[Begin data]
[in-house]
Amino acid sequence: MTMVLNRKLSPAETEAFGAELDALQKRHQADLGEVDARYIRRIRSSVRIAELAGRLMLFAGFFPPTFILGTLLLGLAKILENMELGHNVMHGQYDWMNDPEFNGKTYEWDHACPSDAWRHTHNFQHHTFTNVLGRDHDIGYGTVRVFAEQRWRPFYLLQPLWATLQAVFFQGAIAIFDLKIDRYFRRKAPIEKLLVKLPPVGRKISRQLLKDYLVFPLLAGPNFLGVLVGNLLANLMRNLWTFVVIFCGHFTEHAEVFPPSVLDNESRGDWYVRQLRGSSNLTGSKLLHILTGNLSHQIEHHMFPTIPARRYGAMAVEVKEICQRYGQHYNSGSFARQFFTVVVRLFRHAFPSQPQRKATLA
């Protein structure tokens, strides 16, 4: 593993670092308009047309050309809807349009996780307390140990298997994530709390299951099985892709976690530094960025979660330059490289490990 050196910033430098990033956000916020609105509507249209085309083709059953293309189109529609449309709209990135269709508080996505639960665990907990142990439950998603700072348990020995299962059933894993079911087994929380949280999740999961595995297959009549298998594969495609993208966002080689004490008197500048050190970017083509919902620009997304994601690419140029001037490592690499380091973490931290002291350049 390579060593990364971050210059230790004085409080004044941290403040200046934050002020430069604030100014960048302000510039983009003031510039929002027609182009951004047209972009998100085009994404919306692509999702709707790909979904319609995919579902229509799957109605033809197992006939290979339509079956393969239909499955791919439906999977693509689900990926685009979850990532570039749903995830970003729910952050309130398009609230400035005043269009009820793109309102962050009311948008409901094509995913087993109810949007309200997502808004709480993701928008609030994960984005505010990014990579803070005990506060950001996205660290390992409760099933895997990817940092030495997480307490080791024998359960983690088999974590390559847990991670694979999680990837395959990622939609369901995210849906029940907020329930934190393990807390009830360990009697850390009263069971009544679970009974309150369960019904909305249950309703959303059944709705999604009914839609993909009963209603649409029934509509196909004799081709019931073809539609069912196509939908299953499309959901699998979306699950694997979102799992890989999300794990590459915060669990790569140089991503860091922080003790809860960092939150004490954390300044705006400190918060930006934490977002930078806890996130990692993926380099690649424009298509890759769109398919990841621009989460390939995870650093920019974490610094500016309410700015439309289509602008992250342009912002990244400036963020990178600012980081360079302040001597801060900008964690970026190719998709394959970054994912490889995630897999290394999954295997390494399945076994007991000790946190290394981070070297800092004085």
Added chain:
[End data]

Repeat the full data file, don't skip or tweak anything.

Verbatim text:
[in-house]
Amino acid sequence: MTMVLNRKLSPAETEAFGAELDALQKRHQADLGEVDARYIRRIRSSVRIAELAGRLMLFAGFFPPTFILGTLLLGLAKILENMELGHNVMHGQYDWMNDPEFNGKTYEWDHACPSDAWRHTHNFQHHTFTNVLGRDHDIGYGTVRVFAEQRWRPFYLLQPLWATLQAVFFQGAIAIFDLKIDRYFRRKAPIEKLLVKLPPVGRKISRQLLKDYLVFPLLAGPNFLGVLVGNLLANLMRNLWTFVVIFCGHFTEHAEVFPPSVLDNESRGDWYVRQLRGSSNLTGSKLLHILTGNLSHQIEHHMFPTIPARRYGAMAVEVKEICQRYGQHYNSGSFARQFFTVVVRLFRHAFPSQPQRKATLA
């Protein structure tokens, strides 16, 4: 593993670092308009047309050309809807349009996780307390140990298997994530709390299951099985892709976690530094960025979660330059490289490990 050196910033430098990033956000916020609105509507249209085309083709059953293309189109529609449309709209990135269709508080996505639960665990907990142990439950998603700072348990020995299962059933894993079911087994929380949280999740999961595995297959009549298998594969495609993208966002080689004490008197500048050190970017083509919902620009997304994601690419140029001037490592690499380091973490931290002291350049 390579060593990364971050210059230790004085409080004044941290403040200046934050002020430069604030100014960048302000510039983009003031510039929002027609182009951004047209972009998100085009994404919306692509999702709707790909979904319609995919579902229509799957109605033809197992006939290979339509079956393969239909499955791919439906999977693509689900990926685009979850990532570039749903995830970003729910952050309130398009609230400035005043269009009820793109309102962050009311948008409901094509995913087993109810949007309200997502808004709480993701928008609030994960984005505010990014990579803070005990506060950001996205660290390992409760099933895997990817940092030495997480307490080791024998359960983690088999974590390559847990991670694979999680990837395959990622939609369901995210849906029940907020329930934190393990807390009830360990009697850390009263069971009544679970009974309150369960019904909305249950309703959303059944709705999604009914839609993909009963209603649409029934509509196909004799081709019931073809539609069912196509939908299953499309959901699998979306699950694997979102799992890989999300794990590459915060669990790569140089991503860091922080003790809860960092939150004490954390300044705006400190918060930006934490977002930078806890996130990692993926380099690649424009298509890759769109398919990841621009989460390939995870650093920019974490610094500016309410700015439309289509602008992250342009912002990244400036963020990178600012980081360079302040001597801060900008964690970026190719998709394959970054994912490889995630897999290394999954295997390494399945076994007991000790946190290394981070070297800092004085």
Added chain: